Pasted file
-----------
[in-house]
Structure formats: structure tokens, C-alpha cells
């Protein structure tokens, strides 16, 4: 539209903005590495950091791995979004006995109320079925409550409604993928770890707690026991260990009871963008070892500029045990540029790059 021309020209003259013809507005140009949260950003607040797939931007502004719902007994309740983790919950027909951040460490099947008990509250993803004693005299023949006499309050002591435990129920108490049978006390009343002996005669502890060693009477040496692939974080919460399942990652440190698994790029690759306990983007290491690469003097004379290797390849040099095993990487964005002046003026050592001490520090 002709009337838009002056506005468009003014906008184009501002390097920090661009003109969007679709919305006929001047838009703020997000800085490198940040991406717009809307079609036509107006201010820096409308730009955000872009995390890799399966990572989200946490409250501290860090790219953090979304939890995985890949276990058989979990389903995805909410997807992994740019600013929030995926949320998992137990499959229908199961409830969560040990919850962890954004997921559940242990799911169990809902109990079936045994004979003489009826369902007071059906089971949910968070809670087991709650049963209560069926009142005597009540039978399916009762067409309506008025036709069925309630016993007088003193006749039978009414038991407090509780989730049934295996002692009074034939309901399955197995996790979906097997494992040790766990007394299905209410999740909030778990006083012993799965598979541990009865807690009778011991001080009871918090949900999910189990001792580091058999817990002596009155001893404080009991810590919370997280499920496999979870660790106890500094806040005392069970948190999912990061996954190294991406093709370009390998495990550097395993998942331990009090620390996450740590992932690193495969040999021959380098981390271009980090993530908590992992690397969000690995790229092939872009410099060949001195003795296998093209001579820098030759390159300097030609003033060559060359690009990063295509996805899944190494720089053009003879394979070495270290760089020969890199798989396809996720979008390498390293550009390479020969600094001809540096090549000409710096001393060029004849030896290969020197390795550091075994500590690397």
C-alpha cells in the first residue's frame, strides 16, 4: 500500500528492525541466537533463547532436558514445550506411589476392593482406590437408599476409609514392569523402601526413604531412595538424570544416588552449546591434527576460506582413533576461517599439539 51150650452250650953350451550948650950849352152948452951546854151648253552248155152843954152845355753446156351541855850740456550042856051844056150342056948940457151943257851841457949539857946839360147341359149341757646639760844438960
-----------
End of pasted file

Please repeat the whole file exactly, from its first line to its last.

[in-house]
Structure formats: structure tokens, C-alpha cells
């Protein structure tokens, strides 16, 4: 539209903005590495950091791995979004006995109320079925409550409604993928770890707690026991260990009871963008070892500029045990540029790059 021309020209003259013809507005140009949260950003607040797939931007502004719902007994309740983790919950027909951040460490099947008990509250993803004693005299023949006499309050002591435990129920108490049978006390009343002996005669502890060693009477040496692939974080919460399942990652440190698994790029690759306990983007290491690469003097004379290797390849040099095993990487964005002046003026050592001490520090 002709009337838009002056506005468009003014906008184009501002390097920090661009003109969007679709919305006929001047838009703020997000800085490198940040991406717009809307079609036509107006201010820096409308730009955000872009995390890799399966990572989200946490409250501290860090790219953090979304939890995985890949276990058989979990389903995805909410997807992994740019600013929030995926949320998992137990499959229908199961409830969560040990919850962890954004997921559940242990799911169990809902109990079936045994004979003489009826369902007071059906089971949910968070809670087991709650049963209560069926009142005597009540039978399916009762067409309506008025036709069925309630016993007088003193006749039978009414038991407090509780989730049934295996002692009074034939309901399955197995996790979906097997494992040790766990007394299905209410999740909030778990006083012993799965598979541990009865807690009778011991001080009871918090949900999910189990001792580091058999817990002596009155001893404080009991810590919370997280499920496999979870660790106890500094806040005392069970948190999912990061996954190294991406093709370009390998495990550097395993998942331990009090620390996450740590992932690193495969040999021959380098981390271009980090993530908590992992690397969000690995790229092939872009410099060949001195003795296998093209001579820098030759390159300097030609003033060559060359690009990063295509996805899944190494720089053009003879394979070495270290760089020969890199798989396809996720979008390498390293550009390479020969600094001809540096090549000409710096001393060029004849030896290969020197390795550091075994500590690397």
C-alpha cells in the first residue's frame, strides 16, 4: 500500500528492525541466537533463547532436558514445550506411589476392593482406590437408599476409609514392569523402601526413604531412595538424570544416588552449546591434527576460506582413533576461517599439539 51150650452250650953350451550948650950849352152948452951546854151648253552248155152843954152845355753446156351541855850740456550042856051844056150342056948940457151943257851841457949539857946839360147341359149341757646639760844438960